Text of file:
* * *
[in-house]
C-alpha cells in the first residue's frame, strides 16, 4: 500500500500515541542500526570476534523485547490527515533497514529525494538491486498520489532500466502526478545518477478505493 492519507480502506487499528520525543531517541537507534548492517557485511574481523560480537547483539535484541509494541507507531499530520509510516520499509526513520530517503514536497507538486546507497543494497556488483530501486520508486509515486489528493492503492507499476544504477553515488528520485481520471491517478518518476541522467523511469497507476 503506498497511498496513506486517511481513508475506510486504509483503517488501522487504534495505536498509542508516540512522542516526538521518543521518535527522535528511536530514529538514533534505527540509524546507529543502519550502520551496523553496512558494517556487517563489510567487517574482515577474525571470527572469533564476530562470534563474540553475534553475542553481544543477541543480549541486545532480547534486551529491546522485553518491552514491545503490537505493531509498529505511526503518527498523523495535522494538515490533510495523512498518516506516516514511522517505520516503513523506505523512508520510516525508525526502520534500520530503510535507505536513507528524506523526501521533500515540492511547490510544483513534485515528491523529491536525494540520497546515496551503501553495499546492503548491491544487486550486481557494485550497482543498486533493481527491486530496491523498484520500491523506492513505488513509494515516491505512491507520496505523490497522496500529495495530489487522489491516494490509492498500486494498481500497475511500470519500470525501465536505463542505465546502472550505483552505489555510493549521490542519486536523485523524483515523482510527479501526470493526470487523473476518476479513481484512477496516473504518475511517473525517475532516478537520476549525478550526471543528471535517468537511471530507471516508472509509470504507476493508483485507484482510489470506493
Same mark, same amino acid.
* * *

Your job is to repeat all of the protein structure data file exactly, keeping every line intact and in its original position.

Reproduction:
[in-house]
C-alpha cells in the first residue's frame, strides 16, 4: 500500500500515541542500526570476534523485547490527515533497514529525494538491486498520489532500466502526478545518477478505493 492519507480502506487499528520525543531517541537507534548492517557485511574481523560480537547483539535484541509494541507507531499530520509510516520499509526513520530517503514536497507538486546507497543494497556488483530501486520508486509515486489528493492503492507499476544504477553515488528520485481520471491517478518518476541522467523511469497507476 503506498497511498496513506486517511481513508475506510486504509483503517488501522487504534495505536498509542508516540512522542516526538521518543521518535527522535528511536530514529538514533534505527540509524546507529543502519550502520551496523553496512558494517556487517563489510567487517574482515577474525571470527572469533564476530562470534563474540553475534553475542553481544543477541543480549541486545532480547534486551529491546522485553518491552514491545503490537505493531509498529505511526503518527498523523495535522494538515490533510495523512498518516506516516514511522517505520516503513523506505523512508520510516525508525526502520534500520530503510535507505536513507528524506523526501521533500515540492511547490510544483513534485515528491523529491536525494540520497546515496551503501553495499546492503548491491544487486550486481557494485550497482543498486533493481527491486530496491523498484520500491523506492513505488513509494515516491505512491507520496505523490497522496500529495495530489487522489491516494490509492498500486494498481500497475511500470519500470525501465536505463542505465546502472550505483552505489555510493549521490542519486536523485523524483515523482510527479501526470493526470487523473476518476479513481484512477496516473504518475511517473525517475532516478537520476549525478550526471543528471535517468537511471530507471516508472509509470504507476493508483485507484482510489470506493
Same mark, same amino acid.